St Mary's Kilburn Church of England Primary School
Catchment Area, Reviews and Key Information

School Guide Rating

Quex Road
3 - 11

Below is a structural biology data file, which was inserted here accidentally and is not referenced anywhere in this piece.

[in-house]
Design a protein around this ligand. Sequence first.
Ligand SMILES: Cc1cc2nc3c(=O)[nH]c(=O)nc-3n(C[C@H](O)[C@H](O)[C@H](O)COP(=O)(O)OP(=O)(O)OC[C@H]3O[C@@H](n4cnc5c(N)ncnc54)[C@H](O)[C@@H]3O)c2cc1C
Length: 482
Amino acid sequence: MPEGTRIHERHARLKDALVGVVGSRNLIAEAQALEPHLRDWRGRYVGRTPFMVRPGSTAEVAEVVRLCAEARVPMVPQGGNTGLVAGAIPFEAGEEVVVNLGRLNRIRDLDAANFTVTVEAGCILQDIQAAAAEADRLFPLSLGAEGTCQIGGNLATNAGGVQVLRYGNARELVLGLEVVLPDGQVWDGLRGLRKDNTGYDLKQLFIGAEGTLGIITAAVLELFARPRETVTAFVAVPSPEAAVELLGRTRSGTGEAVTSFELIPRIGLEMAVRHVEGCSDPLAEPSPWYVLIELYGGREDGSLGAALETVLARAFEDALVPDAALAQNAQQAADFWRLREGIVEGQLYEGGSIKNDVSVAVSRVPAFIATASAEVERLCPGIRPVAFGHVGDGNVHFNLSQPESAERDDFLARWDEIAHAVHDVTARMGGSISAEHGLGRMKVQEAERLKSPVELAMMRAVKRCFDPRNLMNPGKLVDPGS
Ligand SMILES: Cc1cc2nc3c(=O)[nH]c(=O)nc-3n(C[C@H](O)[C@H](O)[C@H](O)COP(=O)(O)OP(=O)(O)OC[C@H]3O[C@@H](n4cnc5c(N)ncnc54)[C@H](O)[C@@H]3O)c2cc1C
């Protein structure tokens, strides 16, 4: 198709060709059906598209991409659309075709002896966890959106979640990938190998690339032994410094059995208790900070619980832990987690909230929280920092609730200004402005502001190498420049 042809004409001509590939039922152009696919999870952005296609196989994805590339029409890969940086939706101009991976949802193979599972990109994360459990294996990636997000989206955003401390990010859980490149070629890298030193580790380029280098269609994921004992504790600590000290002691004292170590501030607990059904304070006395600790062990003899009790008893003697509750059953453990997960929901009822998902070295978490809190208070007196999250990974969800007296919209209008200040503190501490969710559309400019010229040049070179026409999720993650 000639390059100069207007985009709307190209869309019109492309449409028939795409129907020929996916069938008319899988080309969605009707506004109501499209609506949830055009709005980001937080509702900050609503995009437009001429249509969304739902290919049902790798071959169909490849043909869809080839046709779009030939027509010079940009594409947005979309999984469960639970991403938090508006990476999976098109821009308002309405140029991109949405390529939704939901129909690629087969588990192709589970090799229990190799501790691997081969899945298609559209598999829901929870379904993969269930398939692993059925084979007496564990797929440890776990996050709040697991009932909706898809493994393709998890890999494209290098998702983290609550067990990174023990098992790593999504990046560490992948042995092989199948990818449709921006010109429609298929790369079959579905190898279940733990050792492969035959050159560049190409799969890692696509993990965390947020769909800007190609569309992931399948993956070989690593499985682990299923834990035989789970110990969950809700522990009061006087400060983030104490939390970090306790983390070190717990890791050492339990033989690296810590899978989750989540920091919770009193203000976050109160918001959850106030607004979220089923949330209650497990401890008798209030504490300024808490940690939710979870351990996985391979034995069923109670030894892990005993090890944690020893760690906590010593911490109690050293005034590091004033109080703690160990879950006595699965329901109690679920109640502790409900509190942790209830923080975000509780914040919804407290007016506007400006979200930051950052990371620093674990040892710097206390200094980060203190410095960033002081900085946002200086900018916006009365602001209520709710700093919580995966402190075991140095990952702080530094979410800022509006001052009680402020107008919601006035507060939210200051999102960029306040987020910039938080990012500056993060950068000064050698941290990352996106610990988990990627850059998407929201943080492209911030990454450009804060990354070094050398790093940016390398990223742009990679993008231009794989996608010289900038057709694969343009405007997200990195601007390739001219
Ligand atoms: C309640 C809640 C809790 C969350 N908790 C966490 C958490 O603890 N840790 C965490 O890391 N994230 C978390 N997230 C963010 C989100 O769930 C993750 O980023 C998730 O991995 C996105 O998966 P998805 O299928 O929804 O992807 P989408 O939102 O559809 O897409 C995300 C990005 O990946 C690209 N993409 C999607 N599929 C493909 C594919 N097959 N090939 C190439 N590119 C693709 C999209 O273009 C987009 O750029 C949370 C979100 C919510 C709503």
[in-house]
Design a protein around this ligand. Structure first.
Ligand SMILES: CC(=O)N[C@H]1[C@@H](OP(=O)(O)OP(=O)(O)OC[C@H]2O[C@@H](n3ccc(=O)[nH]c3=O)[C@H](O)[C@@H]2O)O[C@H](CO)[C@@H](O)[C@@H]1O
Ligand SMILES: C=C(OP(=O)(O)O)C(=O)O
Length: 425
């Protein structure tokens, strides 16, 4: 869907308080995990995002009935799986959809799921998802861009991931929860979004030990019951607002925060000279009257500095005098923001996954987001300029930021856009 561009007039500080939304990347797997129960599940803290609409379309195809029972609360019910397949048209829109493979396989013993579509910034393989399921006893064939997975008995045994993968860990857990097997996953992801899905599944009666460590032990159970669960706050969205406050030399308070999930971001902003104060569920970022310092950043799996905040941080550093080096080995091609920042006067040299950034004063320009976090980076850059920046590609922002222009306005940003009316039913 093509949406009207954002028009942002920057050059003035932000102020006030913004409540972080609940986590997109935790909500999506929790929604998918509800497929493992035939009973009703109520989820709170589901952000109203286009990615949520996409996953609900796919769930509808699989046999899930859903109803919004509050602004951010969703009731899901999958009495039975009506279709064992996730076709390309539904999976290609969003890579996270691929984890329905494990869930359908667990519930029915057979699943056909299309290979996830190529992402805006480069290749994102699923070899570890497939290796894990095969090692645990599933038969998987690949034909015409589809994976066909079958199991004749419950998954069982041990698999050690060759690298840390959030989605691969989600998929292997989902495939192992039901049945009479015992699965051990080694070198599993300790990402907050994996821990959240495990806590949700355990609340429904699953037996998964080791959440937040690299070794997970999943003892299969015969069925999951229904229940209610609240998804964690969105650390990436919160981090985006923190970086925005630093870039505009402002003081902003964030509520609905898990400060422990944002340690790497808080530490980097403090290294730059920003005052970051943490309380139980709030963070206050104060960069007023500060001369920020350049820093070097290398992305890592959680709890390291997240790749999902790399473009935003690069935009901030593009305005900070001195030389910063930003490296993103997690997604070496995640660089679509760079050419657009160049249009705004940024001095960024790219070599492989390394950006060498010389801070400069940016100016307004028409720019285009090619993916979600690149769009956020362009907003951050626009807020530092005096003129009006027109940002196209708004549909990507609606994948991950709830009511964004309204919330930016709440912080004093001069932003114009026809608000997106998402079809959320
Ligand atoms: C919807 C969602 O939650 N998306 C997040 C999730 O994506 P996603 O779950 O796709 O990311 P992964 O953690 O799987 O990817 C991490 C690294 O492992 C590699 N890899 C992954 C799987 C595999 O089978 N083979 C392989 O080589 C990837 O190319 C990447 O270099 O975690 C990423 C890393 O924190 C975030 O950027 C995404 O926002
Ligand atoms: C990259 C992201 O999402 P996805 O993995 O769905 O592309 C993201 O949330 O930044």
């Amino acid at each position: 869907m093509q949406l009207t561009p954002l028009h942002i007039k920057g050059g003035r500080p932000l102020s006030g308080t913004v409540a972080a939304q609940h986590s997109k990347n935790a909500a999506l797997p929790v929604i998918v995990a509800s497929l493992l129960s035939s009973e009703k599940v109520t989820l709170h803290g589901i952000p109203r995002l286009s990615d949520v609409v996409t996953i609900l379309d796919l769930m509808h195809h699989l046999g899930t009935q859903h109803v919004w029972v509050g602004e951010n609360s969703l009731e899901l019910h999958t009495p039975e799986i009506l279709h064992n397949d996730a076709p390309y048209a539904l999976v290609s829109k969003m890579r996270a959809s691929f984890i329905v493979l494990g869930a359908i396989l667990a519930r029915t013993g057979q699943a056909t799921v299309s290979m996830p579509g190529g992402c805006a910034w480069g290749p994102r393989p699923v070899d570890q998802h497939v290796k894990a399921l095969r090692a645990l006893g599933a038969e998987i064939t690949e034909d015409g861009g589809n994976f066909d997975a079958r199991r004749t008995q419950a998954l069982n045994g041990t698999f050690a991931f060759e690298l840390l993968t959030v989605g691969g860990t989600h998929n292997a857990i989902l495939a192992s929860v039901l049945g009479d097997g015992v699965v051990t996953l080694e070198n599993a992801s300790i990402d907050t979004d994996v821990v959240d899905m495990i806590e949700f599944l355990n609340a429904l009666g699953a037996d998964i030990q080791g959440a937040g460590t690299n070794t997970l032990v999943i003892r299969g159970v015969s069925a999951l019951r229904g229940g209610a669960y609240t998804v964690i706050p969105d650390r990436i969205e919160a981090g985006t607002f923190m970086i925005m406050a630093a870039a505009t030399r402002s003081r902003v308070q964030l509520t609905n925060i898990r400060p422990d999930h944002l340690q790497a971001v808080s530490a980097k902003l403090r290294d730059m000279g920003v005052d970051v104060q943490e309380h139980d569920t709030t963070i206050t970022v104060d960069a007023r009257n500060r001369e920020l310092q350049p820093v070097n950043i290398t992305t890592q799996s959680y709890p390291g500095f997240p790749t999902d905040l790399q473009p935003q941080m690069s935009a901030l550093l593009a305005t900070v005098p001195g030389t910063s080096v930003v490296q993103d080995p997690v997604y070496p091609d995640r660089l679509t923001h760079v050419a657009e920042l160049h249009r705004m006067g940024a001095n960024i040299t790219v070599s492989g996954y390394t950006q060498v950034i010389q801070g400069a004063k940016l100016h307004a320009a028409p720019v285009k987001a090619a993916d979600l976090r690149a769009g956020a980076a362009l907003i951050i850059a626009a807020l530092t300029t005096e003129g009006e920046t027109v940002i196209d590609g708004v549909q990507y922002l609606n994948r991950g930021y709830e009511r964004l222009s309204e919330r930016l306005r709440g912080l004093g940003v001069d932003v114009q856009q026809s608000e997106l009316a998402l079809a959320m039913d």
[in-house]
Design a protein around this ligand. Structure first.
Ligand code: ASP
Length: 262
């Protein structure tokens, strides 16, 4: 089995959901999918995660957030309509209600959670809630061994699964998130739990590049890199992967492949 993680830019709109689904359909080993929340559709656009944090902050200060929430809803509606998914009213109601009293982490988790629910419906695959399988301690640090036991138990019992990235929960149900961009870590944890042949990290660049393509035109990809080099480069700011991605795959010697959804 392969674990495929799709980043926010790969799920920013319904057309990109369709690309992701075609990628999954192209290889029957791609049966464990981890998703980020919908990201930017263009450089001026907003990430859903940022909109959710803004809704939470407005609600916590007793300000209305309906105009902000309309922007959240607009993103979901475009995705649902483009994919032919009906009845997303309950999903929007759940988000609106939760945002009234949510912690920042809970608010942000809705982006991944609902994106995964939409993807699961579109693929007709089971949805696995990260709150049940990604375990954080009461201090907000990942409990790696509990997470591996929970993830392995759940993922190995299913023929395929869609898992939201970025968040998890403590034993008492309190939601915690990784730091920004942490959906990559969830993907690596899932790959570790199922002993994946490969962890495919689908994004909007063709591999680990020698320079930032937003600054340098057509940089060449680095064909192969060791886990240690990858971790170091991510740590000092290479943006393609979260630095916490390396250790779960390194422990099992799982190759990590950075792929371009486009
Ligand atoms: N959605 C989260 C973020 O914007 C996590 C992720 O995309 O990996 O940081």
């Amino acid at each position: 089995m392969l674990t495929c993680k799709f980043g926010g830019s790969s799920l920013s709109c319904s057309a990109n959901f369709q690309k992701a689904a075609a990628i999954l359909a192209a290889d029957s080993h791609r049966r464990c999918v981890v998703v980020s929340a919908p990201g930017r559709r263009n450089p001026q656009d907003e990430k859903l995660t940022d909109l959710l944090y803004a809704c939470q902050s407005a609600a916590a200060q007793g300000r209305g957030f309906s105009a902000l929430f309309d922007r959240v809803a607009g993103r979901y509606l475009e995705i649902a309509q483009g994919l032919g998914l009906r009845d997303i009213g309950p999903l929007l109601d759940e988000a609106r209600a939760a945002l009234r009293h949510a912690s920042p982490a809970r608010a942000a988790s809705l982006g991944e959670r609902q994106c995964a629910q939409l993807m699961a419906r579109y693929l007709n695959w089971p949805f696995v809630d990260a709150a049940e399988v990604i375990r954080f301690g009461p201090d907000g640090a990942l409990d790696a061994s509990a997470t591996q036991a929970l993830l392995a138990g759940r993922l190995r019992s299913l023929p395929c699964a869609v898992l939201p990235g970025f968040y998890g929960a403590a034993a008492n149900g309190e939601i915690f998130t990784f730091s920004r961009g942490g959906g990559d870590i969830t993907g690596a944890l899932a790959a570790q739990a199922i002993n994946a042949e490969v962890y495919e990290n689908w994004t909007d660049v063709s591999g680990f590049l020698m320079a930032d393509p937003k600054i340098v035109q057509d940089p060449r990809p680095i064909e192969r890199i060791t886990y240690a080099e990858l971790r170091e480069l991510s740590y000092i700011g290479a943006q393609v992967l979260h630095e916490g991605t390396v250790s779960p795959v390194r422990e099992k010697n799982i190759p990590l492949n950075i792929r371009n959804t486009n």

Voluntary aided school
4 1 1 2 3 4
Ofsted Inspection
Full Report - All Reports
% pupils meeting the expected standard in reading, writing and mathematics
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School Description